I decided to post this because of the recent shooting incident that took place in Aurora, Colorado. The information in this post was taken from an article written by, Ian Newlin, of http://www.kcchildtrauma.com/talking-to-kids-about-mass-casualty-events/
It Can’t be Avoided:
You know it will happen. Your kids will be exposed to the news about different mass casualty events that occur in the country and the world. I encourage you to try to limit your exposure to this “news” as they seem to overplay it. This isn’t to say you should try and implement a media blackout. They will eventually hear about it, and in our roles as either parents or professionals we can use this as an oppurtunity to talk about mental health and self care.
Be Aware of Your Own Fears:
The first thing to remember is to deal with your own fears. It’s scary; however, this kind of thing can happen anywhere. The parents seem to never know these events were coming. It’s frustrating we can’t do a better job of preventing these kinds of things. All kinds of emotions come up for us as adults, and we need to respond to those first. If we come up with thin answers. Kids will see right through. The next step is that I always ask myself, how would I want this child to respond to this situation if it were them? I find that kids always attempt to apply information to their own lives. They very quickly get to “if it was me I would have.”
Create an Oppurtunity:
In the case of a shooting, I would explain that those people must have been very angry. The problem is they didn’t know who to talk to about their anger and frustration. Maybe they were embarrassed about their problems, or maybe they didn’t think the people in their lives would understand their problems. We can explain that those people always get frustrated or upset, the trouble happens when we make poor choices about how to handle our emotions.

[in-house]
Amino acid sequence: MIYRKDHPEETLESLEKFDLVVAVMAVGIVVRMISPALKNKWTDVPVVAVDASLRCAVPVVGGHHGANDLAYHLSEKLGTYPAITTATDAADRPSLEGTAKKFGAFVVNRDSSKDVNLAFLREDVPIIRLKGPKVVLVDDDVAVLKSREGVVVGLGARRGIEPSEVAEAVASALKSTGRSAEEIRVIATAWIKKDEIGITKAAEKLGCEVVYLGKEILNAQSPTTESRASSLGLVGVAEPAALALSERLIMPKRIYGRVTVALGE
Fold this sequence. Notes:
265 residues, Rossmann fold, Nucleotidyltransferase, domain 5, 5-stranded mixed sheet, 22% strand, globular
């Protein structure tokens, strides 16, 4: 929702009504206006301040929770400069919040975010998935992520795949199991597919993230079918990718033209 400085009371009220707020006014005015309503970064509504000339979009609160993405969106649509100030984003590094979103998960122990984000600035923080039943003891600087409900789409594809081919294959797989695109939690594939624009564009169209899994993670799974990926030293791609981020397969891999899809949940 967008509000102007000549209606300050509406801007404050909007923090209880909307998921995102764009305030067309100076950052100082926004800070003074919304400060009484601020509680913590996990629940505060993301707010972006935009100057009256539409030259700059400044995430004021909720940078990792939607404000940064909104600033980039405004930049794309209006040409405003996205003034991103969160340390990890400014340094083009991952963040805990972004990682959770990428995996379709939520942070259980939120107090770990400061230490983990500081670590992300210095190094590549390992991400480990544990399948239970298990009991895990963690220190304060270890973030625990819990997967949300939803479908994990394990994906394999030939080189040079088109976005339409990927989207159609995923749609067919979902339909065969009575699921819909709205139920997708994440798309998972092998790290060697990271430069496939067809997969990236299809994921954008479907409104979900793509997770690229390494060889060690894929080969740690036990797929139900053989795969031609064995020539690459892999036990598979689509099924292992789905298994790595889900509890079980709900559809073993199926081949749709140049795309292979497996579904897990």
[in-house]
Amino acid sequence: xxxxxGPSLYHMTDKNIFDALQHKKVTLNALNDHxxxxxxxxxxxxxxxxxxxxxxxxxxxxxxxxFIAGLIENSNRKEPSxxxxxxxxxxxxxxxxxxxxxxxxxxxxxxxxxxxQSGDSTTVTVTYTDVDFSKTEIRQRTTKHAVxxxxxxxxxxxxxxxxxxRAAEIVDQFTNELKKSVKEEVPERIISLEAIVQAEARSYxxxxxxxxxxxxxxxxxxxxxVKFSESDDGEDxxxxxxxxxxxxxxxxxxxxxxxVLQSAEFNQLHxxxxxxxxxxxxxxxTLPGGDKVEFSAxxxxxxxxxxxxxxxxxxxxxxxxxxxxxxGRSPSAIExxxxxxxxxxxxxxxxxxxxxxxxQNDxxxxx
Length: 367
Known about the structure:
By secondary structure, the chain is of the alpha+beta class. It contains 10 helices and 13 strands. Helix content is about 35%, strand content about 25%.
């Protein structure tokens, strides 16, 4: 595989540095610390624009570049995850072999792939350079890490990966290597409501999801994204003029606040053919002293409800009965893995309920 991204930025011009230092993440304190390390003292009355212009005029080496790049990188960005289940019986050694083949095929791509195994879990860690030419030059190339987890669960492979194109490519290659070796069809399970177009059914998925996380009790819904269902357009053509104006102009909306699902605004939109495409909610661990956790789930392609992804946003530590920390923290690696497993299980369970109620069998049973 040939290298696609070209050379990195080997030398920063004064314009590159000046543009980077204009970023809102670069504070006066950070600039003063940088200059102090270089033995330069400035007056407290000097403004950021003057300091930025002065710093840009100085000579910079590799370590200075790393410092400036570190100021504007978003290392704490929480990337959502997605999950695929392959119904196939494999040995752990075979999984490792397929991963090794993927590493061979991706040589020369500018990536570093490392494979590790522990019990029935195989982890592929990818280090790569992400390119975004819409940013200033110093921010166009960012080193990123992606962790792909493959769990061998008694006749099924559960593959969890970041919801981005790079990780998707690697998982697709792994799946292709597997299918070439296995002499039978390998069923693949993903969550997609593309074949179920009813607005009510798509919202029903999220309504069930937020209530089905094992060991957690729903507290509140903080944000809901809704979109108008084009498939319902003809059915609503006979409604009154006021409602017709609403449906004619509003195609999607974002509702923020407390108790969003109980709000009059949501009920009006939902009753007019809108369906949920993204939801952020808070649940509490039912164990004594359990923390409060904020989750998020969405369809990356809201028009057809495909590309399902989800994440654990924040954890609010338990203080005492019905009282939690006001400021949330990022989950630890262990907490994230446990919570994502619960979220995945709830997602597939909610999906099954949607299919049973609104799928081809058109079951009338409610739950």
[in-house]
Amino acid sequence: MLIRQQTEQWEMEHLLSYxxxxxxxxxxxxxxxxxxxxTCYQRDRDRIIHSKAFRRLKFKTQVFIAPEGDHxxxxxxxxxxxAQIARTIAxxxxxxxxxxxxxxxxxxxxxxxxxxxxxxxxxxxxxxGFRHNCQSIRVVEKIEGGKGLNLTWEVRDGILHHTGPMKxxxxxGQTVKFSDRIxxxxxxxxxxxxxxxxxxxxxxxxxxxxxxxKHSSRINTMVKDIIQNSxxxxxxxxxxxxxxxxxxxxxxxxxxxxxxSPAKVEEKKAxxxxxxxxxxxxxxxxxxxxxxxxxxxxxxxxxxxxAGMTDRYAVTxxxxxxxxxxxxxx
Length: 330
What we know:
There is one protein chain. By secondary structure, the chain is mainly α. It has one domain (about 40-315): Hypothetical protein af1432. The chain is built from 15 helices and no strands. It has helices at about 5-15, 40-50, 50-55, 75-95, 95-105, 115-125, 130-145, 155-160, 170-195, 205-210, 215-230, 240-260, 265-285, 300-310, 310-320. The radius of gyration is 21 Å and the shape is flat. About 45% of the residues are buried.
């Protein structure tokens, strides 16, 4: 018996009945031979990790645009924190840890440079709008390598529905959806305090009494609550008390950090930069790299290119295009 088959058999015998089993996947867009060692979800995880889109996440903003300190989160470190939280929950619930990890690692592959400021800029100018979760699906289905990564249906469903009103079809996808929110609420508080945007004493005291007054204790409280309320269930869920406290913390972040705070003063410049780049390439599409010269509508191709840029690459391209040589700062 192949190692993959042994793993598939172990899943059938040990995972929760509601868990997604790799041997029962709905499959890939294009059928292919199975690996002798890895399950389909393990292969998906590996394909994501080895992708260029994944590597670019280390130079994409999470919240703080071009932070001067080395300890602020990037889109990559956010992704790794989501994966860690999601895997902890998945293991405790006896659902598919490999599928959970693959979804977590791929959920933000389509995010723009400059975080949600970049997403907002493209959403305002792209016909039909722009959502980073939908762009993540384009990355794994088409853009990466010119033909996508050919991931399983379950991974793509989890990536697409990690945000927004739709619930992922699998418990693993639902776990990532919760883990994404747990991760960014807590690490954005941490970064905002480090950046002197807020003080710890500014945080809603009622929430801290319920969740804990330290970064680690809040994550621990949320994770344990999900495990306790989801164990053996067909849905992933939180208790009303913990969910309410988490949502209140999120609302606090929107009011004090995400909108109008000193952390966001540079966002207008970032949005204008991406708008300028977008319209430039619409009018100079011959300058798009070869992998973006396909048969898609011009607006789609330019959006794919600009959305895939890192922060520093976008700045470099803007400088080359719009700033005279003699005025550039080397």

Things to Avoid:
When as adults our emotions run away with us, we come up with short, disingenuous answers that tell kids we aren’t reliable sources of information. When we respond with the following:
“they are just crazy”
“they were psycho”
“that can’t happen here”
“don’t worry about it”
“I’ll never let anything like that happen”
These are all the same as “Cause I said so!” Kids know instantly that this means you don’t have any good answers, and you don’t want to talk about it. Even worse, is that it could lead a child to think they should be embarrassed if they get angry or hurt. Especially if they get so angry that they think of hurting themselves or someone else. The more intense their emotions are, the more embarrassed they think they should be. In that vacuum, then, we leave the message that to truly get heard you have to get attention from the system or the media.
You know they will mention this when you aren’t paying attention, like when driving in the car, or in the middle of another conversation. But just remember, take a moment, recognize your own emotions, and turn this into a powerful teaching moment for yourself, and the children in your life.